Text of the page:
In the really old days when Bowser or Tabby or Polly got sick, it was easy. They either got better or they didn't.
Then in more recent old days, there might have been a veterinarian in town who could treat your pet. You either could afford it or you couldn't.
Nowadays, it's much more complicated. Should Fido go to the family-practice vet or to the internist, the surgeon, the dermatologist or the ophthalmologist? You'd take Fido straight to the exotic-animals vet if Fido is a python.
And increasingly nowadays, the word afford does not figure into it.
"Because of the area we're in and the clients we have, we're privileged to treat cases where people want to do everything they can," said Dr. Jeffrey S. Cohen, a veterinary internist in Newport Beach.
"A lot will say, 'My life revolves around this kid' (yes, "kid") or 'The sun rises and sets on my dog.' Most of the time we're treating a pet that's a member of the family. They've invested a lot of time and emotion in what they may see as a child.
"Even if they're not wealthy, cost is no object when it comes to their pet. They may postpone their own doctor's appointments. I'm sure if we charged 10 times what we do, some owners wouldn't care."
This has resulted in pacemaker implants, heart surgery and brain surgery for animals, sometimes performed by medical rather than veterinary doctors. Some veterinary clinics have ultrasonic sound equipment for internal examinations and laser equipment for surgery. Wealthy and not-so-wealthy pet owners have inquired about organ transplants and prosthetic eyes.
That sort of devotion may be good for vets and for pets, but sometimes it can go to extremes.
One woman called a county vet to ask whether she could breast-feed her cockatiel. ("She'd need plastic surgery if she tried it," said the technician who got the call.)
One dog owner, about as upscale as you get in Southern California, told a county vet to disregard cost when it came to treating his sick Great Dane. He said he wouldn't let his sons near his Rolls-Royce for fear they might scratch it but gave his dog free rein in the back seat--where the dog tore the leather upholstery to shreds.
"They are so devoted because the pet enriches their lives so much," Cohen said.
"I can remember a case when I was an intern. I was working in emergency one night, and a lady comes running in with a dog in her arms and her husband with her. She'd left her 6-month-old child alone at home.
"The dog died on the table right then. She said--her husband's standing next to her--'I've lost the only thing that ever mattered to me.' Now you want to worry about something like that."
Maybe, but maybe not, said Dr. Steven Potkin, professor of psychiatry and director of research for the UC Irvine Medical School's department of psychiatry.
"We all have a need for emotional closeness, and sometimes it's easier to be close to a pet than to another person who makes demands and all sorts of other things," Potkin said.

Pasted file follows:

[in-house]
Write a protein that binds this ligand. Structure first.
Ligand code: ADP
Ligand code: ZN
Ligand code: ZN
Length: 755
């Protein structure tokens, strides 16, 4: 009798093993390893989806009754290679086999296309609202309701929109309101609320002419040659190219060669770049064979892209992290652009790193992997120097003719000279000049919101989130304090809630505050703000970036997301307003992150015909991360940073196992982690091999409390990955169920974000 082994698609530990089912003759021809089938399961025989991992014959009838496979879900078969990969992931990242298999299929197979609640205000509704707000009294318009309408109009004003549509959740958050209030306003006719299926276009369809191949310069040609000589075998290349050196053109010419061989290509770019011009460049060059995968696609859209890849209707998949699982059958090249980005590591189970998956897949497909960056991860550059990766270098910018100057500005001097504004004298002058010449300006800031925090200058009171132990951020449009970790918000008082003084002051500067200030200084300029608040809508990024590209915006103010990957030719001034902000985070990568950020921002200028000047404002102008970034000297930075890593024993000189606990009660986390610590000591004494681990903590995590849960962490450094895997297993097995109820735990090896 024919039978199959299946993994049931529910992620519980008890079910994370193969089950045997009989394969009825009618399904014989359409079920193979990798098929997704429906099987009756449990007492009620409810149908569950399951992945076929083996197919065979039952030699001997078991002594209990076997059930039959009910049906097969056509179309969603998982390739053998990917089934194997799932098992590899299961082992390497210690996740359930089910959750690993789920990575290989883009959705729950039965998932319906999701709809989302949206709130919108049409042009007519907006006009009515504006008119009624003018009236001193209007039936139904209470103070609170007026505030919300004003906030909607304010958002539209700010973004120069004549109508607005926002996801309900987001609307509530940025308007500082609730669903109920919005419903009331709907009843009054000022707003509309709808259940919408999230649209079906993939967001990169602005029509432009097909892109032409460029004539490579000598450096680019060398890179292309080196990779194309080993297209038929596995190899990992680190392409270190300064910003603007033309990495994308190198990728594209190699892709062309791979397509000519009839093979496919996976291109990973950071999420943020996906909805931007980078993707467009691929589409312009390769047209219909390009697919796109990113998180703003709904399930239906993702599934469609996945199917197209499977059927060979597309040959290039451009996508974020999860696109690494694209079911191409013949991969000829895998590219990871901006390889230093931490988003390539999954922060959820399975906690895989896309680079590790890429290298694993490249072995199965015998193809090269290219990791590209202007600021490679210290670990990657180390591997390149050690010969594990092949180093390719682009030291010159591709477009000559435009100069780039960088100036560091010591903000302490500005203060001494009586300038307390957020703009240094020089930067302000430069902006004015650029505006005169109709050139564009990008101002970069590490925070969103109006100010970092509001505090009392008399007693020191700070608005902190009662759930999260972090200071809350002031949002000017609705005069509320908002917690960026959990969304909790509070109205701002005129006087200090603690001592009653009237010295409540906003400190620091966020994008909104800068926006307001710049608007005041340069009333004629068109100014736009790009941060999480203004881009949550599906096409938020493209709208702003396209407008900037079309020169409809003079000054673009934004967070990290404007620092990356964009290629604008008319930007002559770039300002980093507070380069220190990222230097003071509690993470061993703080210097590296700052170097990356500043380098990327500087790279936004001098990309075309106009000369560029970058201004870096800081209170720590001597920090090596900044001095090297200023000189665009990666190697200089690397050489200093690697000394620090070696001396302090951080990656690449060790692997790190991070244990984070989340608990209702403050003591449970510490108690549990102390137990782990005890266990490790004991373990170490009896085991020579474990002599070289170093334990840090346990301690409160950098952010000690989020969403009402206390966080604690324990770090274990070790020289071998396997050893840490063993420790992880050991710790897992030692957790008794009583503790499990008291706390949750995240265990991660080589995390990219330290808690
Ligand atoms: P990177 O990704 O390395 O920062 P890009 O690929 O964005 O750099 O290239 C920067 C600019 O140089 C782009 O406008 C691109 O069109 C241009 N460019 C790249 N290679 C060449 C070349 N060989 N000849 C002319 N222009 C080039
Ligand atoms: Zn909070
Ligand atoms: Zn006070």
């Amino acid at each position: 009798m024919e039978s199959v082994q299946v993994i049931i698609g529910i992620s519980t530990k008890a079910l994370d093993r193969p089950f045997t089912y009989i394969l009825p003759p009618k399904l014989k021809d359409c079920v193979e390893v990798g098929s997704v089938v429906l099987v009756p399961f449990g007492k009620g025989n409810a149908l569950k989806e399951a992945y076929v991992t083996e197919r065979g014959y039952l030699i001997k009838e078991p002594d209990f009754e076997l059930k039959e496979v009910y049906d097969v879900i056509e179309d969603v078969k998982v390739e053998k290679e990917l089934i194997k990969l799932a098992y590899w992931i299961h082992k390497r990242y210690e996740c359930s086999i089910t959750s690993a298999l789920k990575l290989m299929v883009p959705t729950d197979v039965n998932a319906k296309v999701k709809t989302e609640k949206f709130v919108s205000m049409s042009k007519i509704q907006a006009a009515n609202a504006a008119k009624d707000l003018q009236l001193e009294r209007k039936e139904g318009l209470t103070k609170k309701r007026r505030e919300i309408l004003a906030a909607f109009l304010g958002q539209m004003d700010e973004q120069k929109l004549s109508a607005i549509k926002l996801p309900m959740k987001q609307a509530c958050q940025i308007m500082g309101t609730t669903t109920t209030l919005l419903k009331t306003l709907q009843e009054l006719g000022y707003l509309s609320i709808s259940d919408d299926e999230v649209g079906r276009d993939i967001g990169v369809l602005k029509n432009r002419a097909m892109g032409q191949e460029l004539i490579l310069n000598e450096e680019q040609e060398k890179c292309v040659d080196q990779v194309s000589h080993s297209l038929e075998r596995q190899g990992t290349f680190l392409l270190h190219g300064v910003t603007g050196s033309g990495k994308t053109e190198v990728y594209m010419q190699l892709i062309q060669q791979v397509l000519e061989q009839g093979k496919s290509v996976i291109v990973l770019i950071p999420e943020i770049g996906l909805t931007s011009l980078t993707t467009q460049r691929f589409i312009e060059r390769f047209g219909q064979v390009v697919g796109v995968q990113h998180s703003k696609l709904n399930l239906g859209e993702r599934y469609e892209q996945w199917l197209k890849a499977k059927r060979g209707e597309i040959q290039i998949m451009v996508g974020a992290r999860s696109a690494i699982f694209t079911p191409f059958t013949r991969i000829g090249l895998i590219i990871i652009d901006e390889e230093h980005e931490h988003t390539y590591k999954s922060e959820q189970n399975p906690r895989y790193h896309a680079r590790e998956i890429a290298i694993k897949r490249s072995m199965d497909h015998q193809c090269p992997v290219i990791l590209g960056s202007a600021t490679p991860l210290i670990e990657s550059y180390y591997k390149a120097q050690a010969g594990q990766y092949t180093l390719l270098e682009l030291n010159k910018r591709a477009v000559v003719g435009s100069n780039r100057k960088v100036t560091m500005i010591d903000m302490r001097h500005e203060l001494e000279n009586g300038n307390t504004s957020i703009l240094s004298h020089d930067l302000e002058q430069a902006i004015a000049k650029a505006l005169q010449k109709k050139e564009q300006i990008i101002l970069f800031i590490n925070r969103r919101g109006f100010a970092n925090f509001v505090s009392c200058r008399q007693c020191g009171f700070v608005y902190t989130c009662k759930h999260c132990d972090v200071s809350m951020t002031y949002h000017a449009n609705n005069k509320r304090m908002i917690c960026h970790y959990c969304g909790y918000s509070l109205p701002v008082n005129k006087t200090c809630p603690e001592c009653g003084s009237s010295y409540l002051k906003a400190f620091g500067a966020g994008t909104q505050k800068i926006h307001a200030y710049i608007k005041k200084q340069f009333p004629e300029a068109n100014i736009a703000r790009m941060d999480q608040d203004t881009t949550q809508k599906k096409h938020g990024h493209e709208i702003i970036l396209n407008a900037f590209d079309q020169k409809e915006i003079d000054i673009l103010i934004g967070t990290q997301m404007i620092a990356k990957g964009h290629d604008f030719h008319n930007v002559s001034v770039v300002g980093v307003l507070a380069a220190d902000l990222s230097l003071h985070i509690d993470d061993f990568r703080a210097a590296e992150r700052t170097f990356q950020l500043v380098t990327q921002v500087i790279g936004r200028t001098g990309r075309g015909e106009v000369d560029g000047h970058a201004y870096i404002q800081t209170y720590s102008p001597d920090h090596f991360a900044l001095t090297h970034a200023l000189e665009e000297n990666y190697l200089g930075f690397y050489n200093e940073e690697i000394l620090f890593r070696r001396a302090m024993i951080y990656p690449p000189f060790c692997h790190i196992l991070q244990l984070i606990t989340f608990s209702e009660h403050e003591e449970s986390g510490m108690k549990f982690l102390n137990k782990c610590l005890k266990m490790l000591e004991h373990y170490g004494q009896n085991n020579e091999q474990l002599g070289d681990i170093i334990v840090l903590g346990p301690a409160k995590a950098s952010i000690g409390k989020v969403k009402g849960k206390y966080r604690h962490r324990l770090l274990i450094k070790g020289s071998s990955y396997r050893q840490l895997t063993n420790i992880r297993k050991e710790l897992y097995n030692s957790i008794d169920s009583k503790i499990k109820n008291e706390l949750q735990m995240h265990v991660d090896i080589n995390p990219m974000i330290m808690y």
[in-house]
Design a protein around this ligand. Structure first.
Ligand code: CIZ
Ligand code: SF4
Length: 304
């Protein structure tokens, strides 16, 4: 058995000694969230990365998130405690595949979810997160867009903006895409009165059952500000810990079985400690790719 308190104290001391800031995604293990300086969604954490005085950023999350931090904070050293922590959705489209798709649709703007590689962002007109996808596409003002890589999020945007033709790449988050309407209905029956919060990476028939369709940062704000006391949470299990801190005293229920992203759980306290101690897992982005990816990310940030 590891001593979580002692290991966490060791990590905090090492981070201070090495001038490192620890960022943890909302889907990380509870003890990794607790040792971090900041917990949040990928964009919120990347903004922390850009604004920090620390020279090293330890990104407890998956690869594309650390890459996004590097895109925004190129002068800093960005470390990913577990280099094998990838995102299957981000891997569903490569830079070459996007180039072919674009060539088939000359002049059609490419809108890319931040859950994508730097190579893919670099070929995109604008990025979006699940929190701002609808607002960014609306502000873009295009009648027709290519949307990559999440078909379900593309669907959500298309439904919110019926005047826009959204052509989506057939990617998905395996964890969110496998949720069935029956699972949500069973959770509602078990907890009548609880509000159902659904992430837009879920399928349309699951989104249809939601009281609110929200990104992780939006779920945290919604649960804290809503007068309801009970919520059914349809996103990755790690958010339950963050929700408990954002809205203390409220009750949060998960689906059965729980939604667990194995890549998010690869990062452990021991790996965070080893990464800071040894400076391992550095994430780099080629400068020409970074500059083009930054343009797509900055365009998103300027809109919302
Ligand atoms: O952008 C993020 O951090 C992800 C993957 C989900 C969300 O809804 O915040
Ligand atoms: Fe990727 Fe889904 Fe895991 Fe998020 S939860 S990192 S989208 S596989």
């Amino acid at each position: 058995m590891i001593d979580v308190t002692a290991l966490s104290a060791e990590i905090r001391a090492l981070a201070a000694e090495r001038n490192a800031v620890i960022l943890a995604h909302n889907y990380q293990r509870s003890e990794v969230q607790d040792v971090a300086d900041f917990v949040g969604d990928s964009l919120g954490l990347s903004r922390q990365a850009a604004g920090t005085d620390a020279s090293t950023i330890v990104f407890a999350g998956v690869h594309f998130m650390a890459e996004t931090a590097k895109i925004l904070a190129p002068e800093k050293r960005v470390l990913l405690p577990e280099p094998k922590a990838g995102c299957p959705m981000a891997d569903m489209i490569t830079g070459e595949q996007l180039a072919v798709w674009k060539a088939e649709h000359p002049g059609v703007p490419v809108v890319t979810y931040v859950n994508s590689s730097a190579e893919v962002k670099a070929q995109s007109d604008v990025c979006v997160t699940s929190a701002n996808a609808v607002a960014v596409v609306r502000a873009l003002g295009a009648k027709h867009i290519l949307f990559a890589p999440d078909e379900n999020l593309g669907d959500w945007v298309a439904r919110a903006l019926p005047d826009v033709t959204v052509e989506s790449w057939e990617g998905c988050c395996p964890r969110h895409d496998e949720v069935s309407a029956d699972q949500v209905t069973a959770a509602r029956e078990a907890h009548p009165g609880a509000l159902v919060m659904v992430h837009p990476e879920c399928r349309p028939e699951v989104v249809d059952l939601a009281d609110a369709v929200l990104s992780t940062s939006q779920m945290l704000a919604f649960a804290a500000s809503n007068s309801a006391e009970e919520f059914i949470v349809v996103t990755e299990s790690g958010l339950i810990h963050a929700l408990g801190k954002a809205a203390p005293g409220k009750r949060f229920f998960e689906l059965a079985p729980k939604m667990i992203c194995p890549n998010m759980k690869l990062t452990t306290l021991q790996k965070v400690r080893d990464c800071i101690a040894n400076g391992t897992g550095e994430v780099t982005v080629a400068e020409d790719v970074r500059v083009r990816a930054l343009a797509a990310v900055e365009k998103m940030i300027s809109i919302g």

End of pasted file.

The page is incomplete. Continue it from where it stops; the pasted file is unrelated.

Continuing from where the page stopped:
"A pet is adoring and loving and doesn't have divided loyalties and doesn't place demands that the owner can't meet. Essentially, it's a relationship one can control much better.
"It can augment human relationships. The problem is when a person gives undue emphasis to the pet relationship to the exclusion of relationships with other people and the person begins to attribute to pets human emotions, feelings and thoughts."
At one county veterinary clinic, a family brought in their sick bird, and day after day they visited it there. "They literally had prayer meetings and Bible sessions with the bird," said one of the clinic workers. "They'd read, then wait for the bird to read its paragraph. They anointed it with holy oil."
The bird bounced back--and so did the family's check. They had stopped payment. "They told us God had cured the bird, not us," the worker said.
For most veterinary clinics, such extremes are unusual. Dr. Craig E. Griffin, a veterinary dermatologist who practices in Garden Grove, typically treats dogs and cats whose allergies are causing skin problems. He said the owners are dedicated indeed: "My average client is spending $20 a month on drugs and bathing his animal once or twice a week, maybe daily, for the rest of the animal's life."
The willingness to do this seems to be an urban trait, and only in certain urban regions, he said.
"You seem to get this attitude in metropolitan centers. Most of the private practices (in dermatology) are in Southern and Northern California, Boston and New York.
"You can't have a successful practice in most Midwest cities; I know that for a fact. I worked in Missouri, and there's a different attitude toward pets. If you're from a farm background, animals are very important and you develop a bond, but there's still the attitude that they're disposable."